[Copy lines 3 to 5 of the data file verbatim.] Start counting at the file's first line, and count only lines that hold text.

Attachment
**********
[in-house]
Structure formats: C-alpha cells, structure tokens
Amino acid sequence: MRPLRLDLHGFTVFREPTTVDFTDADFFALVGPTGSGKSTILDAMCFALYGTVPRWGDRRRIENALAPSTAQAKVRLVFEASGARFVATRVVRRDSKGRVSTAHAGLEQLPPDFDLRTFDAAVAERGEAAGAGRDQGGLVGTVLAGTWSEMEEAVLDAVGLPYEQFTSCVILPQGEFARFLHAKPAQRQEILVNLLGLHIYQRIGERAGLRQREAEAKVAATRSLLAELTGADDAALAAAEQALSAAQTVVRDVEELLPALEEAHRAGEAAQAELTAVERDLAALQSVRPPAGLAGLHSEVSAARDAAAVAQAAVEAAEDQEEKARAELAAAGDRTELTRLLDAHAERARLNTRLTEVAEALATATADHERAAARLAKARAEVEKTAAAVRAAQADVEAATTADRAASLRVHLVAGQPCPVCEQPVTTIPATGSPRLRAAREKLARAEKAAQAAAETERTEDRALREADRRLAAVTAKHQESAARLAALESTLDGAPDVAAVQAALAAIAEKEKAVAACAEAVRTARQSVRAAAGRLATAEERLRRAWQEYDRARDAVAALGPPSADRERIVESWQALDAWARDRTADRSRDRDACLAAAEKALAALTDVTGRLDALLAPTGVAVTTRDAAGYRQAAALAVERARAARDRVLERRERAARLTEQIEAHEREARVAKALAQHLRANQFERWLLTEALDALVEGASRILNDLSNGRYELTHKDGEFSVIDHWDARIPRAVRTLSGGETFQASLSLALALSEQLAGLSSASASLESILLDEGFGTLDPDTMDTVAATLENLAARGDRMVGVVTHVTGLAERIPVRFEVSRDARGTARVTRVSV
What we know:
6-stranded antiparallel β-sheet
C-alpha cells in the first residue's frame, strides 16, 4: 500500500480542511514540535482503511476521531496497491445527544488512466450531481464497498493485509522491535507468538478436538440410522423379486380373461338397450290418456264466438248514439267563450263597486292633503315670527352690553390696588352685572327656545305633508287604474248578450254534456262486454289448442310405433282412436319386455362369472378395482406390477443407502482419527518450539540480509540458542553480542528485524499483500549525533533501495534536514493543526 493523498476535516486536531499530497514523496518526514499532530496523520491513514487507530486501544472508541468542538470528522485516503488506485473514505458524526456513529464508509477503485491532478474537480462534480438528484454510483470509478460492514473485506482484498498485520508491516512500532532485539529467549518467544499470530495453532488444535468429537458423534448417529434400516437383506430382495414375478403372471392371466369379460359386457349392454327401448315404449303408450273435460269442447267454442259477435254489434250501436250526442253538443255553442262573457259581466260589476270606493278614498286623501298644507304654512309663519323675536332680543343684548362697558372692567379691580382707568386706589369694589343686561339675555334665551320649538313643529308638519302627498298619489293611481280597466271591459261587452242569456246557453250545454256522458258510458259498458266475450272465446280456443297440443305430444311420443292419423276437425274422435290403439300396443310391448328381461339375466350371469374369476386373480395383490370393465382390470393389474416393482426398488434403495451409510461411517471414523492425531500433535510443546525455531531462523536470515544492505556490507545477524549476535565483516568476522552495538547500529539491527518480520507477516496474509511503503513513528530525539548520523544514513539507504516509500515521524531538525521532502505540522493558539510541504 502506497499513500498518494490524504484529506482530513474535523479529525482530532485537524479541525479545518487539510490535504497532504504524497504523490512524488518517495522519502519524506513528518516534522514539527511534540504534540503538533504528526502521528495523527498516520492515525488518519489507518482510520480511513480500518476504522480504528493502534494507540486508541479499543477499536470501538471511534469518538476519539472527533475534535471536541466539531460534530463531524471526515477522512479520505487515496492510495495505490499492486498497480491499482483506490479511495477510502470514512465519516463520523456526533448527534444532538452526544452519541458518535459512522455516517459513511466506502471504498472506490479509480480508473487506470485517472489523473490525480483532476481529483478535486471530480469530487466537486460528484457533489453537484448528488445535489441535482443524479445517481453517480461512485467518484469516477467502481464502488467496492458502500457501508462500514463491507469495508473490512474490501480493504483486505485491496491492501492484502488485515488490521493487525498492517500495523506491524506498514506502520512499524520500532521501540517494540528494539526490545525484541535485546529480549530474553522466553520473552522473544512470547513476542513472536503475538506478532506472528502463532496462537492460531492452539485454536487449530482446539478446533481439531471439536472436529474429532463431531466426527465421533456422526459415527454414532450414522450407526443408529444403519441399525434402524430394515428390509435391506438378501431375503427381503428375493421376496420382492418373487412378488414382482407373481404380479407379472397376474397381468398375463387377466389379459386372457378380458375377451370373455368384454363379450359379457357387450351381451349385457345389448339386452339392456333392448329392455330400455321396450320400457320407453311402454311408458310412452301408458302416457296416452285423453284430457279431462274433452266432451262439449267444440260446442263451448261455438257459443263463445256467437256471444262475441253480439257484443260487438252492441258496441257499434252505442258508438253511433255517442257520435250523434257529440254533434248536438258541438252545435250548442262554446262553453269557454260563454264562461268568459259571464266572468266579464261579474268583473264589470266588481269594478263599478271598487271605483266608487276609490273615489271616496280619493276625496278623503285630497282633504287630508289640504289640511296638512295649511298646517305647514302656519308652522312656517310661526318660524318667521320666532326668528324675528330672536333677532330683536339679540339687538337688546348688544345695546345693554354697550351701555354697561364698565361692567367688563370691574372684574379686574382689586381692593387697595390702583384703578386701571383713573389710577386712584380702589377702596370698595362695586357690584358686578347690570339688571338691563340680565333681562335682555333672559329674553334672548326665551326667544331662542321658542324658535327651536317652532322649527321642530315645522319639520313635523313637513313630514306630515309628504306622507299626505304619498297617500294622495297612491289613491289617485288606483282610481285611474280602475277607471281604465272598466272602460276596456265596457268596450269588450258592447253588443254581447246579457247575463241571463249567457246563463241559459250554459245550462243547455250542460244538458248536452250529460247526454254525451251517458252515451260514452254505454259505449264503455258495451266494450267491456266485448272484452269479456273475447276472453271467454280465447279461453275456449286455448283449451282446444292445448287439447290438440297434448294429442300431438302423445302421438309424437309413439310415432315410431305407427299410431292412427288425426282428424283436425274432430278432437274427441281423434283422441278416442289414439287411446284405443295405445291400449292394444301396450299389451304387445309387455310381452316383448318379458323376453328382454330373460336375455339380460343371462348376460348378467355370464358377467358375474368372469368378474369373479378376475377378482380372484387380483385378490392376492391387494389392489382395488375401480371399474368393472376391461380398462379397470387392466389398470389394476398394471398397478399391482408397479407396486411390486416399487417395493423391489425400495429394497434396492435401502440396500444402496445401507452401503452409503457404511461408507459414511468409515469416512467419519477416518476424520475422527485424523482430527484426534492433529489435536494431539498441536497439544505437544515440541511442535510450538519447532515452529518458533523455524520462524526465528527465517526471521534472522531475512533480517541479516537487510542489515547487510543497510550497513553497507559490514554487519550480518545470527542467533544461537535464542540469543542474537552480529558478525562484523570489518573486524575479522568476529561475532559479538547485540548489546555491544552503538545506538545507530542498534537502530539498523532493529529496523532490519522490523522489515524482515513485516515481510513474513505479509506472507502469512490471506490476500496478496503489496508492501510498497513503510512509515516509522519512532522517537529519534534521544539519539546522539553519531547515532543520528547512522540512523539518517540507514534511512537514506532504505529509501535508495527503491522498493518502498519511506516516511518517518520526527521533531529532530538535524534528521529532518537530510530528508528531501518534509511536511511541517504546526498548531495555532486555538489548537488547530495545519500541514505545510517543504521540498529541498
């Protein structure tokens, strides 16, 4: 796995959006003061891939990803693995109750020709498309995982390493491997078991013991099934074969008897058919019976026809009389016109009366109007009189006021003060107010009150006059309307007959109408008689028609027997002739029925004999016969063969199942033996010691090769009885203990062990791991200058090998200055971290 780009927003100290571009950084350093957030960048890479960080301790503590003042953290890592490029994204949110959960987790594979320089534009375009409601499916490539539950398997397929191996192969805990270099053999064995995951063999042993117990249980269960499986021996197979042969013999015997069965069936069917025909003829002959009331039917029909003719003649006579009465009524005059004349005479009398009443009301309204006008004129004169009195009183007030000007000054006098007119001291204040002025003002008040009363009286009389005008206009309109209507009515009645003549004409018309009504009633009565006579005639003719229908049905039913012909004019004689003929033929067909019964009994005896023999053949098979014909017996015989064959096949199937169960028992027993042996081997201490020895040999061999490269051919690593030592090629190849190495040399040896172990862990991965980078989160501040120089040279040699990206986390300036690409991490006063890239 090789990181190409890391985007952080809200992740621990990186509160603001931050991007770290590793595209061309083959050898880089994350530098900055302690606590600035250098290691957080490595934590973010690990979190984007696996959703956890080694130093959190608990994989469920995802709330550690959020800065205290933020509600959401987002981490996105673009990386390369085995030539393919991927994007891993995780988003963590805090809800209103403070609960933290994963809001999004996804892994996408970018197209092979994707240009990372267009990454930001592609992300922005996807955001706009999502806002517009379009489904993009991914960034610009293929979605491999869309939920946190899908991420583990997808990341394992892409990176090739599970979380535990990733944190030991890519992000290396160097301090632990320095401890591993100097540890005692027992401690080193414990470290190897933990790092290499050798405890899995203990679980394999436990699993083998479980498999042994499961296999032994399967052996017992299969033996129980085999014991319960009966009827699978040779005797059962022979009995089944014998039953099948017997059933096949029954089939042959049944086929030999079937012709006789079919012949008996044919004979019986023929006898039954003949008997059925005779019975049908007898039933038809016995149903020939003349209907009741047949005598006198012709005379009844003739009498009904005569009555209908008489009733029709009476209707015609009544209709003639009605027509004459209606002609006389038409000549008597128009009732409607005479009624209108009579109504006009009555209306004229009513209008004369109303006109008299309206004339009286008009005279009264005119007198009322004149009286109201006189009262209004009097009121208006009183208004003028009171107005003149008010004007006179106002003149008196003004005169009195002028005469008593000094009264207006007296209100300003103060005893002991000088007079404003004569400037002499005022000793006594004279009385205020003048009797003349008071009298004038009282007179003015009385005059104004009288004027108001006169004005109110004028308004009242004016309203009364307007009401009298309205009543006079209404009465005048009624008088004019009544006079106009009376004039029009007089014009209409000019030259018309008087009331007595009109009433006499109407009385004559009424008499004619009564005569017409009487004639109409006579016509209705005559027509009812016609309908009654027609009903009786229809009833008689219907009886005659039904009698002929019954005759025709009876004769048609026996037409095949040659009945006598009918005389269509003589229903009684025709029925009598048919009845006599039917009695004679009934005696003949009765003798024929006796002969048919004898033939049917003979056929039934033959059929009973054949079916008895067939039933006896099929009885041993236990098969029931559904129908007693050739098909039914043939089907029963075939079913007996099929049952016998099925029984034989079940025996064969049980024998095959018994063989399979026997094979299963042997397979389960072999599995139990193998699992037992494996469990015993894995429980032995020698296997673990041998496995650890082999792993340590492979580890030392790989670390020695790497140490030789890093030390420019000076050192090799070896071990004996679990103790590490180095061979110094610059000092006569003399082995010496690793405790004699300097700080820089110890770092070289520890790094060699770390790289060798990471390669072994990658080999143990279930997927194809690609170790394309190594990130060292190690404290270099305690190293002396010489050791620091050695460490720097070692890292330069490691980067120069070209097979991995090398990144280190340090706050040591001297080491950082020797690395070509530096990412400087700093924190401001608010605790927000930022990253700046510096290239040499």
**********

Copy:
Amino acid sequence: MRPLRLDLHGFTVFREPTTVDFTDADFFALVGPTGSGKSTILDAMCFALYGTVPRWGDRRRIENALAPSTAQAKVRLVFEASGARFVATRVVRRDSKGRVSTAHAGLEQLPPDFDLRTFDAAVAERGEAAGAGRDQGGLVGTVLAGTWSEMEEAVLDAVGLPYEQFTSCVILPQGEFARFLHAKPAQRQEILVNLLGLHIYQRIGERAGLRQREAEAKVAATRSLLAELTGADDAALAAAEQALSAAQTVVRDVEELLPALEEAHRAGEAAQAELTAVERDLAALQSVRPPAGLAGLHSEVSAARDAAAVAQAAVEAAEDQEEKARAELAAAGDRTELTRLLDAHAERARLNTRLTEVAEALATATADHERAAARLAKARAEVEKTAAAVRAAQADVEAATTADRAASLRVHLVAGQPCPVCEQPVTTIPATGSPRLRAAREKLARAEKAAQAAAETERTEDRALREADRRLAAVTAKHQESAARLAALESTLDGAPDVAAVQAALAAIAEKEKAVAACAEAVRTARQSVRAAAGRLATAEERLRRAWQEYDRARDAVAALGPPSADRERIVESWQALDAWARDRTADRSRDRDACLAAAEKALAALTDVTGRLDALLAPTGVAVTTRDAAGYRQAAALAVERARAARDRVLERRERAARLTEQIEAHEREARVAKALAQHLRANQFERWLLTEALDALVEGASRILNDLSNGRYELTHKDGEFSVIDHWDARIPRAVRTLSGGETFQASLSLALALSEQLAGLSSASASLESILLDEGFGTLDPDTMDTVAATLENLAARGDRMVGVVTHVTGLAERIPVRFEVSRDARGTARVTRVSV
What we know:
6-stranded antiparallel β-sheet